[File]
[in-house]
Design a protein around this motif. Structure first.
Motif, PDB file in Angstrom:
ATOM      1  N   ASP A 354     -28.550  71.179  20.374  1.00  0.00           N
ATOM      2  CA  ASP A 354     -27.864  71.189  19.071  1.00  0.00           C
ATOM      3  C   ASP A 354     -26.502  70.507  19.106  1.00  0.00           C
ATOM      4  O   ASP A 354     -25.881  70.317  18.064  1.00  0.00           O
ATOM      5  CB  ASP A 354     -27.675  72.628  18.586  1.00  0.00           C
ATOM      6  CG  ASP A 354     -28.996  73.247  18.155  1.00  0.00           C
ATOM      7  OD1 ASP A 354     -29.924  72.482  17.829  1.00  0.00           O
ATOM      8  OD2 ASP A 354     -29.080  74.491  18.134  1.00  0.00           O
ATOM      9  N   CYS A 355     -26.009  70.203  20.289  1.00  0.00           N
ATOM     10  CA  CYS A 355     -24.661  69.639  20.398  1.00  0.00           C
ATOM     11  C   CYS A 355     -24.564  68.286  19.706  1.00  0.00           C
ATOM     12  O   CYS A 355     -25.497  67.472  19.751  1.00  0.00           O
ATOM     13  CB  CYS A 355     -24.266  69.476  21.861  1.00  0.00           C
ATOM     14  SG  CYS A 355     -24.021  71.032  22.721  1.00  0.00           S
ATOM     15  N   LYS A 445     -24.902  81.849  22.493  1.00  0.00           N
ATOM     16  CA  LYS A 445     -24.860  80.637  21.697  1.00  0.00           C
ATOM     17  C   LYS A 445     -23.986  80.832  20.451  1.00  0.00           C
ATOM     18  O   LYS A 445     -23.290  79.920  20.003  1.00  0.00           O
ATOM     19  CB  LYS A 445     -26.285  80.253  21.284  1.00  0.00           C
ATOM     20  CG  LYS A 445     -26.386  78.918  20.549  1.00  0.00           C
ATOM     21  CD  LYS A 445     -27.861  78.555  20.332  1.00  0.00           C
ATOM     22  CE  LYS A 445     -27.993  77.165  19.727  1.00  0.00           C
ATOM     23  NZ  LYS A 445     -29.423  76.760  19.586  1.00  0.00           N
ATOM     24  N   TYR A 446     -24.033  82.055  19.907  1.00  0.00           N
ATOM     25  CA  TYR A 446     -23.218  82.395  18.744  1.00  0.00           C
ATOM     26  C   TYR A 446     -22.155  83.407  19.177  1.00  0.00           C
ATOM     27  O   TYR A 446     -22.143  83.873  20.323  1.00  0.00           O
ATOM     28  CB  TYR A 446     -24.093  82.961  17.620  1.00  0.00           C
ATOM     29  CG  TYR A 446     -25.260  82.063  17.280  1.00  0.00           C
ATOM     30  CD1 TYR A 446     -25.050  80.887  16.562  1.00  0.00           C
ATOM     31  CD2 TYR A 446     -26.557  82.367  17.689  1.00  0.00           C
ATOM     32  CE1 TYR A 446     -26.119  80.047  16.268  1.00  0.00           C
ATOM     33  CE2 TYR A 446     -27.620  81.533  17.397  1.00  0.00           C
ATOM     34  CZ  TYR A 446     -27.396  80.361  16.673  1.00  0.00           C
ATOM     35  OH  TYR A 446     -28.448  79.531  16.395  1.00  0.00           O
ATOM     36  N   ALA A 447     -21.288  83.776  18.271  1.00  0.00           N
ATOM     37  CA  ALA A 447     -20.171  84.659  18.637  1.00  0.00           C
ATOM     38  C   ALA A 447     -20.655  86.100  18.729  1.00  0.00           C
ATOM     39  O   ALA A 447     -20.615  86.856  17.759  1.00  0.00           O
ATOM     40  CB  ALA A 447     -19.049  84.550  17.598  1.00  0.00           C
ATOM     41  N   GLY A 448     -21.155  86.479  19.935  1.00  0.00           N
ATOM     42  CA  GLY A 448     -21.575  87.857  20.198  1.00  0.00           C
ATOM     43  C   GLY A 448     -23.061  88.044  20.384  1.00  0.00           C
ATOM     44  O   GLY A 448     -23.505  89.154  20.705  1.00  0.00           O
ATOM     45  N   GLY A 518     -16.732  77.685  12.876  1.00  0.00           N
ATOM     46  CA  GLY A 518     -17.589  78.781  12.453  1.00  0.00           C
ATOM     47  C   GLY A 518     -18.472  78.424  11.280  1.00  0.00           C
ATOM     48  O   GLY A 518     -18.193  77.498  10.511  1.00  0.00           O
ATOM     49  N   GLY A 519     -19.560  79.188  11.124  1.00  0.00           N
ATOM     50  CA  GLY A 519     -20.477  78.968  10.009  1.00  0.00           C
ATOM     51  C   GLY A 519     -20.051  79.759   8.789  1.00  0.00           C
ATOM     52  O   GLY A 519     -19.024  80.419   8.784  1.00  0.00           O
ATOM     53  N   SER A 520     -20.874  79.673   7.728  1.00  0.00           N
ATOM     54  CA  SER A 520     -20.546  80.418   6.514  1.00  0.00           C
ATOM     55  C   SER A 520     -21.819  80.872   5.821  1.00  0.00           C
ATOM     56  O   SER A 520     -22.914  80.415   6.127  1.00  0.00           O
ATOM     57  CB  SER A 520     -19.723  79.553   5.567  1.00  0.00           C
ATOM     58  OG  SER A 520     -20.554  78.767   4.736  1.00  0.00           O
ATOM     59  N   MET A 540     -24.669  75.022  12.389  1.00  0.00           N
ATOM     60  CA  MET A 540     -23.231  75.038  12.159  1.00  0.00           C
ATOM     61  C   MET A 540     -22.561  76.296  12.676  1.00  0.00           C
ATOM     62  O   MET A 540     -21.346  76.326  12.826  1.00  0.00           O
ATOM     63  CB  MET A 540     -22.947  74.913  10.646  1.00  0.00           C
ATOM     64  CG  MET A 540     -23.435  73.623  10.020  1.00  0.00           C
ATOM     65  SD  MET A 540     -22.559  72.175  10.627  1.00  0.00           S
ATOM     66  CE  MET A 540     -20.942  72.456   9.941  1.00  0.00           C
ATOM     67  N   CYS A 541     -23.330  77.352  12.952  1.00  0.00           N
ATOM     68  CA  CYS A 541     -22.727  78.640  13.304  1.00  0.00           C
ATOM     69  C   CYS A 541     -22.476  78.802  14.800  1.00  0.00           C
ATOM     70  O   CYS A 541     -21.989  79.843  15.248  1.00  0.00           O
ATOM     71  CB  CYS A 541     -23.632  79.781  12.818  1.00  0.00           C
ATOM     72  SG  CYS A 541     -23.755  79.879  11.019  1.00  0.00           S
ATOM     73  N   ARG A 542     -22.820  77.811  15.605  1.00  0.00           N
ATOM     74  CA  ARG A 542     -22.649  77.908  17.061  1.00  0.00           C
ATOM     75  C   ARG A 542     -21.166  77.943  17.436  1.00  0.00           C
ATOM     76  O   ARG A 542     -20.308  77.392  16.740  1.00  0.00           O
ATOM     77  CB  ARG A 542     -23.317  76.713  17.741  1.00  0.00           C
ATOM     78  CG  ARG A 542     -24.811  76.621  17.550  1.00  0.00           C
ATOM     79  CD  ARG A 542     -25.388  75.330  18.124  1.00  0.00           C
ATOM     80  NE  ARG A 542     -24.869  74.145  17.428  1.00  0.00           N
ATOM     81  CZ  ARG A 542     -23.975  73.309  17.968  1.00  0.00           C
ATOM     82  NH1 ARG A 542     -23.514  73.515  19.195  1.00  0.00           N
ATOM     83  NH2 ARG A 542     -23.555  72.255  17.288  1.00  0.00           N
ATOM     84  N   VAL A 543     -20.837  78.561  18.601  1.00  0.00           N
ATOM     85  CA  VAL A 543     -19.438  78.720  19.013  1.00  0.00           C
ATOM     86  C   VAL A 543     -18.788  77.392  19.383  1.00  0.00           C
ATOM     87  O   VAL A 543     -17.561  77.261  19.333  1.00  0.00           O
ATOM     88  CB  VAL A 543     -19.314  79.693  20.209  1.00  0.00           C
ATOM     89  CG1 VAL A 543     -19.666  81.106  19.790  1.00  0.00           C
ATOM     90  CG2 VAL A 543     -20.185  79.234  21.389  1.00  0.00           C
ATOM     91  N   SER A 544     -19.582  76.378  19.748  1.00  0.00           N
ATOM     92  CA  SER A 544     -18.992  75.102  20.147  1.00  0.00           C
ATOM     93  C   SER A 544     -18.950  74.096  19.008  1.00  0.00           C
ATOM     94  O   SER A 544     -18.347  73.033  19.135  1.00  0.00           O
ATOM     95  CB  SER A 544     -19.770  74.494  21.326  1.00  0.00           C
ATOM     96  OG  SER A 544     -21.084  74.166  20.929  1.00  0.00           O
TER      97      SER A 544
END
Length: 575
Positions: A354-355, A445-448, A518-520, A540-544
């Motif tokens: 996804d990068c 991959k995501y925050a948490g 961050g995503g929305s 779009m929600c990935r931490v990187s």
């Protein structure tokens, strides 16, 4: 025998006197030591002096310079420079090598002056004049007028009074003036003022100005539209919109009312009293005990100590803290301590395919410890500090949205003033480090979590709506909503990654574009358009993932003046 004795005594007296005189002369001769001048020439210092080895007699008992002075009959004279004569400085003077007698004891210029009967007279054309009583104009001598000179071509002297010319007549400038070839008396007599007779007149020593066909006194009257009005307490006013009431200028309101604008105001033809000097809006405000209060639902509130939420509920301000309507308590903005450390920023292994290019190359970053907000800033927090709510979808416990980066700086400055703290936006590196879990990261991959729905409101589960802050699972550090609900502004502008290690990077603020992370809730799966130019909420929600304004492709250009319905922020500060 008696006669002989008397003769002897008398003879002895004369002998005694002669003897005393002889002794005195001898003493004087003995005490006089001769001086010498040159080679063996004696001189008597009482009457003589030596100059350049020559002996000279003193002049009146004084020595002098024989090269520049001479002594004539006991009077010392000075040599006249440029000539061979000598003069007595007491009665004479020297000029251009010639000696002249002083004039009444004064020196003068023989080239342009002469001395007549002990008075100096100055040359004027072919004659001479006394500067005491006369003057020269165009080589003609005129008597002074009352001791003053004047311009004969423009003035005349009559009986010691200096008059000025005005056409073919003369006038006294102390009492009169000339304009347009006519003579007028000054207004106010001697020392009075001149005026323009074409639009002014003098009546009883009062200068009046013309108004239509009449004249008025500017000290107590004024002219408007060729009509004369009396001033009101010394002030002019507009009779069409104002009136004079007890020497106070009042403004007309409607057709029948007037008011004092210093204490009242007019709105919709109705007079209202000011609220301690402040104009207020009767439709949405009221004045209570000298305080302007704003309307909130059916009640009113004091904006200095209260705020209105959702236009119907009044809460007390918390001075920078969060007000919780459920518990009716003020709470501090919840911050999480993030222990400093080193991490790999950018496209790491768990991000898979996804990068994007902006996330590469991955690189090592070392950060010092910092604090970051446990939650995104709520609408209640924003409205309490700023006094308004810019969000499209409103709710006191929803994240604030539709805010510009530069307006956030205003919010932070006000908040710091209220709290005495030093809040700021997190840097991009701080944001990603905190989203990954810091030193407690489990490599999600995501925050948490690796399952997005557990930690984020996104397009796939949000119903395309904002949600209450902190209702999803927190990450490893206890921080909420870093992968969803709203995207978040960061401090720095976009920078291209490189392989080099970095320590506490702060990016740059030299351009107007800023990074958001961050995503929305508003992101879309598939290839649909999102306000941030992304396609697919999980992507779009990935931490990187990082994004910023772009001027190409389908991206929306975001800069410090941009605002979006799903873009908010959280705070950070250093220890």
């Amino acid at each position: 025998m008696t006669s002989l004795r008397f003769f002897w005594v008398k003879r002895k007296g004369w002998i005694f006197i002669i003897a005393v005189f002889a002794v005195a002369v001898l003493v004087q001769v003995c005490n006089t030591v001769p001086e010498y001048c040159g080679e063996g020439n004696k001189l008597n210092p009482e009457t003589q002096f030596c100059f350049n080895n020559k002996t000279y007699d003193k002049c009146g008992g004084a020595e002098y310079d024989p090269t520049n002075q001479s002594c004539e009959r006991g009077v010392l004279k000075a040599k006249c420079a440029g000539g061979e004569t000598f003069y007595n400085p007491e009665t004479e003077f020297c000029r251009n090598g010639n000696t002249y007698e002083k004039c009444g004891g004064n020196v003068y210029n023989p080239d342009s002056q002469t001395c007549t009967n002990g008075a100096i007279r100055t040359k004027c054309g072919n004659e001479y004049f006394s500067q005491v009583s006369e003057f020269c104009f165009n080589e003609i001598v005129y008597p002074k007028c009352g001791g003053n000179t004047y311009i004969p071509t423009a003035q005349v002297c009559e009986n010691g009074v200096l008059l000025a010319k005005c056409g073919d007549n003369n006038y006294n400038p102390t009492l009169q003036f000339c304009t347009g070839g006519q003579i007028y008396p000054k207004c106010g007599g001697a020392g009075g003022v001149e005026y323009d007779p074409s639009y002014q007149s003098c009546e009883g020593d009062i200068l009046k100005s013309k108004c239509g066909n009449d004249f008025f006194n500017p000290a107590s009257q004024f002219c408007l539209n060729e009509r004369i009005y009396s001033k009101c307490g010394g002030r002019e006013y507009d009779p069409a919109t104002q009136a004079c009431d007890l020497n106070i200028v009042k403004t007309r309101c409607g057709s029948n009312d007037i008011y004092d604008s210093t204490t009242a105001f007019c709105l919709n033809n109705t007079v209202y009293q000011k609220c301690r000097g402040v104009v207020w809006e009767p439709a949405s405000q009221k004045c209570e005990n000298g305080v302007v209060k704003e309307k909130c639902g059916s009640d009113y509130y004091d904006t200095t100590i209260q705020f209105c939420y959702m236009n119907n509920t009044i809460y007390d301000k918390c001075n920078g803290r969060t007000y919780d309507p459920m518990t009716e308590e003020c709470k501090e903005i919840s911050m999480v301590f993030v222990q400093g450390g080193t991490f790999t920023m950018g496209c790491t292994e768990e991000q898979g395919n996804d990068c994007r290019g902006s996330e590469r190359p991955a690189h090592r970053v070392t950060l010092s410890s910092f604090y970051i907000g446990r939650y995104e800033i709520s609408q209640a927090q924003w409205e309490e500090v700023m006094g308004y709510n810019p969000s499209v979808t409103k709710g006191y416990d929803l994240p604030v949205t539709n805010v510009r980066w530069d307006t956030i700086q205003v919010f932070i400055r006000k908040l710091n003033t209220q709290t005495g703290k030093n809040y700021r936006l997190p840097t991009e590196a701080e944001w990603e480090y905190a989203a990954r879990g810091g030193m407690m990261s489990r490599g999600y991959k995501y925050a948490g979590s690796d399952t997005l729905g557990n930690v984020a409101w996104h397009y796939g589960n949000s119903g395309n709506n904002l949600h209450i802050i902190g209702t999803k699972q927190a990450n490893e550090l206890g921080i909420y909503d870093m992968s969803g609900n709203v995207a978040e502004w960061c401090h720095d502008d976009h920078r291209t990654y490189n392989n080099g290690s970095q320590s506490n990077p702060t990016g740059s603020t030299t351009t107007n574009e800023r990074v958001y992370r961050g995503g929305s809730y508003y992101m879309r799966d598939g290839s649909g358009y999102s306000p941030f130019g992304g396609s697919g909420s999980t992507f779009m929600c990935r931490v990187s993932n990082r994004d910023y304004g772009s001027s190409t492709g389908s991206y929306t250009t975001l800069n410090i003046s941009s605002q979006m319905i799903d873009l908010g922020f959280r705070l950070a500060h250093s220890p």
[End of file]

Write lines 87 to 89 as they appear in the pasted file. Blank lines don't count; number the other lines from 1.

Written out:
ATOM     84  N   VAL A 543     -20.837  78.561  18.601  1.00  0.00           N
ATOM     85  CA  VAL A 543     -19.438  78.720  19.013  1.00  0.00           C
ATOM     86  C   VAL A 543     -18.788  77.392  19.383  1.00  0.00           C